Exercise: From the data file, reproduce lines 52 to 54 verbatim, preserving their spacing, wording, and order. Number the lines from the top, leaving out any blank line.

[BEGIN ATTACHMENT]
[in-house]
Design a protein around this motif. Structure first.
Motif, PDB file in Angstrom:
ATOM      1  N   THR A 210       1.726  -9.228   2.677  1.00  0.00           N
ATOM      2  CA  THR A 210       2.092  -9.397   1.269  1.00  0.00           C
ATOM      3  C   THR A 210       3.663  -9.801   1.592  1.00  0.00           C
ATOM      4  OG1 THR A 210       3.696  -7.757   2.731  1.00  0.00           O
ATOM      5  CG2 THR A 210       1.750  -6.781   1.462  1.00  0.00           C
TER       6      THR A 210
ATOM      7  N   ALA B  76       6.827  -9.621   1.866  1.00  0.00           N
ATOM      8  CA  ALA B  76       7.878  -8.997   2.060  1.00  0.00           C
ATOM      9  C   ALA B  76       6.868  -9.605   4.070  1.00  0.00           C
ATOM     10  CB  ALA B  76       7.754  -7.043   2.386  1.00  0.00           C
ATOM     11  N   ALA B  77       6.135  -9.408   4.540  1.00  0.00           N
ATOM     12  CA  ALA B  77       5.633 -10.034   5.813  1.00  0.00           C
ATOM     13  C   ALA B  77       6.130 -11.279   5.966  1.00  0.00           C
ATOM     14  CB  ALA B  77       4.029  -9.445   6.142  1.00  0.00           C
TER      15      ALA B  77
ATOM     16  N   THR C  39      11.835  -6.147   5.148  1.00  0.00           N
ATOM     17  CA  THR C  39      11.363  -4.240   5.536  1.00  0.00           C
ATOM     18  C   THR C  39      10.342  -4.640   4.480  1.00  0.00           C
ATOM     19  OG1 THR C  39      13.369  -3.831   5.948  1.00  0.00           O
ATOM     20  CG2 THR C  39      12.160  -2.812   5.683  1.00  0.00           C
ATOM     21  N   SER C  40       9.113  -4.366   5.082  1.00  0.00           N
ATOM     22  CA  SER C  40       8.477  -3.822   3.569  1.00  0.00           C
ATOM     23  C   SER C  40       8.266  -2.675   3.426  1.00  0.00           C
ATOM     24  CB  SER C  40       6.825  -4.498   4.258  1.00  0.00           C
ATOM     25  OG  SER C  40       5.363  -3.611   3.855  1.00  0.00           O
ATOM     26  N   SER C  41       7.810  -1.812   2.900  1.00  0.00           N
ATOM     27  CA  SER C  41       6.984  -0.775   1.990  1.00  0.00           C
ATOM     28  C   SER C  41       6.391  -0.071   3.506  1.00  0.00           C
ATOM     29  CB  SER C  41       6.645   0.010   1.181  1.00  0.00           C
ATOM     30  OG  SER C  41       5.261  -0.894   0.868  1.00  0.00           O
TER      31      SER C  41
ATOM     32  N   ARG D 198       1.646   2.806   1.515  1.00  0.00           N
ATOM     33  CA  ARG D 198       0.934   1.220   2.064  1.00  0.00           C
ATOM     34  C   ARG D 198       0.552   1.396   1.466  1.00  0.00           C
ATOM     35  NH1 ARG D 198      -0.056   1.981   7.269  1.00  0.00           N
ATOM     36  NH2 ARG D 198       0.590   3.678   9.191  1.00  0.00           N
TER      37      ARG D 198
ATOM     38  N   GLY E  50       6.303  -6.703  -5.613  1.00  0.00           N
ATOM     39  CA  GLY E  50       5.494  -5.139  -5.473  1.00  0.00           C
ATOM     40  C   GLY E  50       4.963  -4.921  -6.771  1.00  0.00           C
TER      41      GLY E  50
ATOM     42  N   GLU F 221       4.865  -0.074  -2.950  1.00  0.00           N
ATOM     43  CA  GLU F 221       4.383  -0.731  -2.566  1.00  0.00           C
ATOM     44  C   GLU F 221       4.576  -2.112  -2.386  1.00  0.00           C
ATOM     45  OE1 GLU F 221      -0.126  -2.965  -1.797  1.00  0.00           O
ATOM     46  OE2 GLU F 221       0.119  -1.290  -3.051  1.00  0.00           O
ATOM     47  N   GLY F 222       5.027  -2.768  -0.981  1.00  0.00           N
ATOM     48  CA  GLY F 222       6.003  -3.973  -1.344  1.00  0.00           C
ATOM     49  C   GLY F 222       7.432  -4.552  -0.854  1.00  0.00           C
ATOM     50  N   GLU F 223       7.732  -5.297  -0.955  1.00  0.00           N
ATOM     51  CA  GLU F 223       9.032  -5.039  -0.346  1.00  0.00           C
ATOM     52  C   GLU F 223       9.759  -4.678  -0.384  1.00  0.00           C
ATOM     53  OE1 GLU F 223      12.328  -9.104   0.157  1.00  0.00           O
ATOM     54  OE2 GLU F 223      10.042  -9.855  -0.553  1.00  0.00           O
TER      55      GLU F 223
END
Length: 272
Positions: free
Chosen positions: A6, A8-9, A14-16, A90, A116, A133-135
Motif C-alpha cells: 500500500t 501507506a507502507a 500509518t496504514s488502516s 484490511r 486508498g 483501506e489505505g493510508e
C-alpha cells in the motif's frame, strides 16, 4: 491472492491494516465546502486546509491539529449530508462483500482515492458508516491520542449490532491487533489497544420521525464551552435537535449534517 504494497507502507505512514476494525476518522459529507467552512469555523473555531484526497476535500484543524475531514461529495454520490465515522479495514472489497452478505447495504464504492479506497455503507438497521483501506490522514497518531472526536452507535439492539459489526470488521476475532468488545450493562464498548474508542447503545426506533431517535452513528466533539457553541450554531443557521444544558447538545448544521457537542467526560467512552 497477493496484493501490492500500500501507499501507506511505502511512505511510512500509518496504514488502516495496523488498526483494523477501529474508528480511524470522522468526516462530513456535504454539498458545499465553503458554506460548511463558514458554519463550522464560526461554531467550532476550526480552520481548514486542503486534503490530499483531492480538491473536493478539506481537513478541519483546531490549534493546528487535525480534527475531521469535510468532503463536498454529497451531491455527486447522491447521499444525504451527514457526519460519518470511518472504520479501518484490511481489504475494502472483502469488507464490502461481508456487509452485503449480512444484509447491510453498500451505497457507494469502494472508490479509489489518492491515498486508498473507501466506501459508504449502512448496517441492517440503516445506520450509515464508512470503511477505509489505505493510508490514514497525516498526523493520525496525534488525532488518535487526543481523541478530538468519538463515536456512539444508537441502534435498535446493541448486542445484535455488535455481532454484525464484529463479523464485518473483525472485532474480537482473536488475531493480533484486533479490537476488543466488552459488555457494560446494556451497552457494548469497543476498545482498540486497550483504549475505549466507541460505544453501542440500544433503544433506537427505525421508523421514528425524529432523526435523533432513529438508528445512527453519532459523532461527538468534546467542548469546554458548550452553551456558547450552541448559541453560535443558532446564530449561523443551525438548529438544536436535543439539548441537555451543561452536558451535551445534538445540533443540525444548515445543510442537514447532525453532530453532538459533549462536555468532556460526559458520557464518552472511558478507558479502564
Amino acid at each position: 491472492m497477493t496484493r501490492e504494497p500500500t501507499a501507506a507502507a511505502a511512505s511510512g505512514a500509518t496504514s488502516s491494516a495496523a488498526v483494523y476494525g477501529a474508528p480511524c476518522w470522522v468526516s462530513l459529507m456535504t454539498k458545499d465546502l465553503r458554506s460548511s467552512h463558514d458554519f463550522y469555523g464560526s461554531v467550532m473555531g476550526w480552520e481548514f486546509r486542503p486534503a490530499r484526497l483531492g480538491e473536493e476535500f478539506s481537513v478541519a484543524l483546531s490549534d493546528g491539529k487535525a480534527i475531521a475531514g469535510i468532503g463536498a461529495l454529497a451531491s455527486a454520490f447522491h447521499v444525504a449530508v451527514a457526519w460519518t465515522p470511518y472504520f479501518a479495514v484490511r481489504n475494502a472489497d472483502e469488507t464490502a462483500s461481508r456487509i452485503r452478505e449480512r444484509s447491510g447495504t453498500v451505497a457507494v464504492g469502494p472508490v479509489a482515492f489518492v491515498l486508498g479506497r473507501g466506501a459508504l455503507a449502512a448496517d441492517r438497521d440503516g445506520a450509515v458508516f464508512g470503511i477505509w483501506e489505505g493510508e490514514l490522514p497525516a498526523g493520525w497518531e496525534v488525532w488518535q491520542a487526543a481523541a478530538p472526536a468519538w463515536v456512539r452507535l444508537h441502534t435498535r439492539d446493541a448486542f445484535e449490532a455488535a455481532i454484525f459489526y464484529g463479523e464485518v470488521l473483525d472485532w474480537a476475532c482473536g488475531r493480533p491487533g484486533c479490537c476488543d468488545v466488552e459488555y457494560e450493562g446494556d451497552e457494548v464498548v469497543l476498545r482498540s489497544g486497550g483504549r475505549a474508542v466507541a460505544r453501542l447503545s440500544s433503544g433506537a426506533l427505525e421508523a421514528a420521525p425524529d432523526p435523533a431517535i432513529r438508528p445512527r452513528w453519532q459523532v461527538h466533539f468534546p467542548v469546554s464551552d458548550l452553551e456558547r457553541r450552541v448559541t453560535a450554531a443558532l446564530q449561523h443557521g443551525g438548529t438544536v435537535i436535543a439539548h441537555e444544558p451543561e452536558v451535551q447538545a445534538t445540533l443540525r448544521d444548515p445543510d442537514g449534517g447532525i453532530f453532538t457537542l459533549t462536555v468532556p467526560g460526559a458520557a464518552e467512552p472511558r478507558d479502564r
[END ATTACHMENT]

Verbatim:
ATOM     49  C   GLY F 222       7.432  -4.552  -0.854  1.00  0.00           C
ATOM     50  N   GLU F 223       7.732  -5.297  -0.955  1.00  0.00           N
ATOM     51  CA  GLU F 223       9.032  -5.039  -0.346  1.00  0.00           C